On the 2nd Printing cover for the THOR birth issue, the VP of Sales isn’t happy with your artistic choices. He tells you that he thinks what is called for here is a piece that represents the tone and the style of the actual book. so while Skottie, Mahfood and Chip are all talented, this isn’t the place to go either broader or more experimental. In other words, he doesn’t want you to re-invent teh wheel here, he just wants a nice rolling wheel. And he wants it fast–the longer this takes you, the more time goes by ad the more heat cools around this issue of the series.
On WORLD WAR KREE, the EIC tells you that there’s nothing that can be done about what has already happened. All you can do from this point forward is work hard to try and stick the landing and hope that the ride is ultimately fulfilling to the audience.
Lan Medina will do IRON FIST WAR JOURNAL. And the EIC is happy with the basic pitch. And there’s no problem with using the Punisher in it, both because it’s Gerry and because the War journal name kind of implies that in the first place. And the Wrecking Crew are primarily Thor villains, so assuming that you and Jason have no conflicting plans for them, you should be able to use them here without a lot of additional coordination.
Paul Pelletier is fine with doing issues of AMAZING SPIDER-MAN rather than SPECTACULAR SPIDER-MAN. And that will buy you the time needed for Pepe Larraz to come on board as the regular artist. You’ll just need to keep an eye on Tom Grummett’s production on SPECTACULAR and move to bring him in help if he begins to fall behind on stuff.
The Director of Communications wants to be careful about leaking information about the White Cat character because he’s aware that the genesis of that character began with the casting of the still-in-production and not-yet-announced TV show. He wants to make certain that everybody on that side of things isn’t caught by surprise if said information leaks, and that this won’t jeopardize their own roll-out plans to announce their casting.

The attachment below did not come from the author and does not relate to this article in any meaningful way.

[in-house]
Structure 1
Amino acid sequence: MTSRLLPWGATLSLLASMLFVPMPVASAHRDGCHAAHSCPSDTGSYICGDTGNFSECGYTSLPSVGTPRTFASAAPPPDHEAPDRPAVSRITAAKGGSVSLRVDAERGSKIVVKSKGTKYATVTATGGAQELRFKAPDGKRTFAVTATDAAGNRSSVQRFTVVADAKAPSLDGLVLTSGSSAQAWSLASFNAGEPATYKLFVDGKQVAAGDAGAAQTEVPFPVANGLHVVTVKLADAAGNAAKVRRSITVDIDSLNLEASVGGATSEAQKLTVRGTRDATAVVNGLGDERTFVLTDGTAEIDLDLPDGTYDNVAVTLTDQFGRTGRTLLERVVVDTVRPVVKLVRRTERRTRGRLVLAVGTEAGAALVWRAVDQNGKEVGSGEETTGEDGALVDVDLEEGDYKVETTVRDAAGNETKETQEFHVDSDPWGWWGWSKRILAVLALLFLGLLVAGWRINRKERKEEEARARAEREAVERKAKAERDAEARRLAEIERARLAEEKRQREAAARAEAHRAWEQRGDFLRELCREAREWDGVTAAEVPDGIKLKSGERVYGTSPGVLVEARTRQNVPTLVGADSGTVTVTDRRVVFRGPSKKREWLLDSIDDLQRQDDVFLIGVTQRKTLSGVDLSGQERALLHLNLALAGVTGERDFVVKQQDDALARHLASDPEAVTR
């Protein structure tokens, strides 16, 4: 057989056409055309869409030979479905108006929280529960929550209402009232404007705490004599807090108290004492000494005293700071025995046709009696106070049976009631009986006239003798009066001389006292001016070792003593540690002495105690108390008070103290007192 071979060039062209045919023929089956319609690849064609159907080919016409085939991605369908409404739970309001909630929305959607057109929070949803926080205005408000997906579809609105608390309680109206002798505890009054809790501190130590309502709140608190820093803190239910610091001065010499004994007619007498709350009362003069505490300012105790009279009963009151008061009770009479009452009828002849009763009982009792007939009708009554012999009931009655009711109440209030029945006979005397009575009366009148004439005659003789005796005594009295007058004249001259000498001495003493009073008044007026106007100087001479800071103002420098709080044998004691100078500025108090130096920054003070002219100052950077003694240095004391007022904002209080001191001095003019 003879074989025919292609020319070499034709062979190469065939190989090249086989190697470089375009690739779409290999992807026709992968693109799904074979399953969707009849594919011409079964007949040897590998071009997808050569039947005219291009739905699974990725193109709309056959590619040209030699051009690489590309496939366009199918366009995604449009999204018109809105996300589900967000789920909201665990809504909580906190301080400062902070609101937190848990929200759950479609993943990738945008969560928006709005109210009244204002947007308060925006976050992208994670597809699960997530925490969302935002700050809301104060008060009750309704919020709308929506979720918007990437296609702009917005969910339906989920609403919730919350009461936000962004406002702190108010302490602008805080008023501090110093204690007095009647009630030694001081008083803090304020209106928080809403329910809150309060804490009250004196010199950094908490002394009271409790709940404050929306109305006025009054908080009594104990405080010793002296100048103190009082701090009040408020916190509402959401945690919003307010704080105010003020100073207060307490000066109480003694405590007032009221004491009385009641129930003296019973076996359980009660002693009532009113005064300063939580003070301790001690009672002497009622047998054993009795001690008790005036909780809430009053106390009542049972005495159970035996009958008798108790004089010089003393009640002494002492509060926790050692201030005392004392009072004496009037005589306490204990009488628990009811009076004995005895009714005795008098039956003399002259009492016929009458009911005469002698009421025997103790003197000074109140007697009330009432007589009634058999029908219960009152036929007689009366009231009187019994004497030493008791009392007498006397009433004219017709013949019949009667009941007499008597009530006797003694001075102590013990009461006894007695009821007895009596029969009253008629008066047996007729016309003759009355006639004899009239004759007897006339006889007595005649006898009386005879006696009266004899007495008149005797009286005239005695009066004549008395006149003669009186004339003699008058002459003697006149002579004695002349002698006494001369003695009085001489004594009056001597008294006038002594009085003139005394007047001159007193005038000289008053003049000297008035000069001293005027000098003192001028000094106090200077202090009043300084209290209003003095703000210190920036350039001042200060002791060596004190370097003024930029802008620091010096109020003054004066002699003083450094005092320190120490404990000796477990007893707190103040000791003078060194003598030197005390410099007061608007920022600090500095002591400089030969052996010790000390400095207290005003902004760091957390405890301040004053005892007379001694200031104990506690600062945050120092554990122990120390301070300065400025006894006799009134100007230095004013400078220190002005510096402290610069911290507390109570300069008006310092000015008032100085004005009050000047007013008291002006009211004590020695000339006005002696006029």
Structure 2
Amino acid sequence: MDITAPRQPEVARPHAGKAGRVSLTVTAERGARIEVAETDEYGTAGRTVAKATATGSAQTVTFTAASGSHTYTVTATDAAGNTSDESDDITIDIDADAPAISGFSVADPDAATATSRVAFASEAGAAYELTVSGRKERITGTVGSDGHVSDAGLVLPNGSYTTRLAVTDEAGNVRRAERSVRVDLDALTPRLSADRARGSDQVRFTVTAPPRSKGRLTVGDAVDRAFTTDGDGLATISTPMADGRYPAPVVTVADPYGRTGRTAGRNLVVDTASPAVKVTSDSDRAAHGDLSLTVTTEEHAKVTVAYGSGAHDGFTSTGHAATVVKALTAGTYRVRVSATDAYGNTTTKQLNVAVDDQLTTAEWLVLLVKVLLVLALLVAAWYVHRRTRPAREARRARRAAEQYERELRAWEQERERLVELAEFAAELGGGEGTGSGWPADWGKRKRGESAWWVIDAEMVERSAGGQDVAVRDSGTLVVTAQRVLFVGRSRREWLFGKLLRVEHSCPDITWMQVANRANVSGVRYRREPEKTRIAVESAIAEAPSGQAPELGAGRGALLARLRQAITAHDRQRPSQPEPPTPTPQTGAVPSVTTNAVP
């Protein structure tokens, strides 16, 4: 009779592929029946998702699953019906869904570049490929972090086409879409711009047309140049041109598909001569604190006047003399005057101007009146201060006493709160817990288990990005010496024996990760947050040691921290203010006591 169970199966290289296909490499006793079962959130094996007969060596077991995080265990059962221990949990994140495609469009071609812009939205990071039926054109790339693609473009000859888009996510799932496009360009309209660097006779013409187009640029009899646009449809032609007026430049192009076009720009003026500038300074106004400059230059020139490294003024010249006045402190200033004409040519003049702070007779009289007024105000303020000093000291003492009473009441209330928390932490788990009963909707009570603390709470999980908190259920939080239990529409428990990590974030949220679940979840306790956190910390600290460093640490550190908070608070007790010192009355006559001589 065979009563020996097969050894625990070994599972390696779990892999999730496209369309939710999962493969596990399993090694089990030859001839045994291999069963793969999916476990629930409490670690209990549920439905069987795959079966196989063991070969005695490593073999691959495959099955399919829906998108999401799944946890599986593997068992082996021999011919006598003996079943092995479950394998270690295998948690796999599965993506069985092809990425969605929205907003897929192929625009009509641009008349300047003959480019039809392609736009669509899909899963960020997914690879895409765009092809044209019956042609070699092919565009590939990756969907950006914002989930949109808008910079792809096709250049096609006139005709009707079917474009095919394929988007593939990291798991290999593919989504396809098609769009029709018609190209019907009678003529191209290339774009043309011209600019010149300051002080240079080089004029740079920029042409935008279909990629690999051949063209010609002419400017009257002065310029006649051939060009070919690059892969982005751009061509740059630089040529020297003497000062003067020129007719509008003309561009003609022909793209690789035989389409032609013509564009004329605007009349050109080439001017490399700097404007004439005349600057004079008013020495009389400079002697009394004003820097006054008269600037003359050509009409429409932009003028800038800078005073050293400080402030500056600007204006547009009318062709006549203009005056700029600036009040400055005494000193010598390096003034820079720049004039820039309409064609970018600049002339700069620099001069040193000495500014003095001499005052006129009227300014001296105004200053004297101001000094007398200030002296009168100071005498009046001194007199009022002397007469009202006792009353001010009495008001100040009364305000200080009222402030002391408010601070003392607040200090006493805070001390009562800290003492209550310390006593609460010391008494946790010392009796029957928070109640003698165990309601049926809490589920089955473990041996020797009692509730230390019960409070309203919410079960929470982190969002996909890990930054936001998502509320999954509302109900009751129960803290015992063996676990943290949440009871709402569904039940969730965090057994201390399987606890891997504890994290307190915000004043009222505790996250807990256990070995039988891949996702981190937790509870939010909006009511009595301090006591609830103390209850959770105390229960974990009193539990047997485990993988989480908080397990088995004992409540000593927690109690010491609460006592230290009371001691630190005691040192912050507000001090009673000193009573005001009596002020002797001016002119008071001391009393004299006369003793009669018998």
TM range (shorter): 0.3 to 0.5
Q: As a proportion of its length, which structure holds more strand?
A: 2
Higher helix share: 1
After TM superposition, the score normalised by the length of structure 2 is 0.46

DAVE’S DC OFFICE
Everybody is fine with Grant and Greg doing ACTION COMICS while James and Ivan carry on with SUPERMAN–that was likely going to be the way it had to be unless there was some serious wrangling done around Tynion’s deal. It does mean that, between the fact that Greg will be joining Grant mid-run, and the fact that ACTION is a tougher book to sell than SUPERMAN, it’s probably not going to be able to take the number one spot. It’ll still perform well, just now as well as it might have had it had a few more elements going for it.
Alex isn’t going to do a signed version of his promotional poster–doing so would impact too directly on his own side-business in which he sells prints and sketchbooks as well as his originals. But he’ll do the promotional poster for the Pail Vicors storyline. The sales department is happy with this, though the Executive Editor is wondering if we can find a way to use this as a cover as well, since it’s the image that’s going to have the most eyeballs on it.
Brian Edward Hill will get you a write-up on his ideas for the VAL ZOD project.
There’s already a timeline in place for a collection of the first portion of Felicia’s LEGION run–at this point in time, virtually everything that gets published in a serialized format is scheduled for some manner of “in-line” collected edition. DC operates on a strict timeline as to when they believe the optimum time is to release such a collection so as to not undercut retailers who may still have copies on their shelves. If there was a strong reason why such a collection should be accelerated, that’s a case that you can make. But as a general rule, those book collections are going to come out a uniform distance from their serialized publication.
Gail and Afua will begin working on GANGBUSTER in earnest.
Nice work, everybody! SIMULATION CONCLUDES!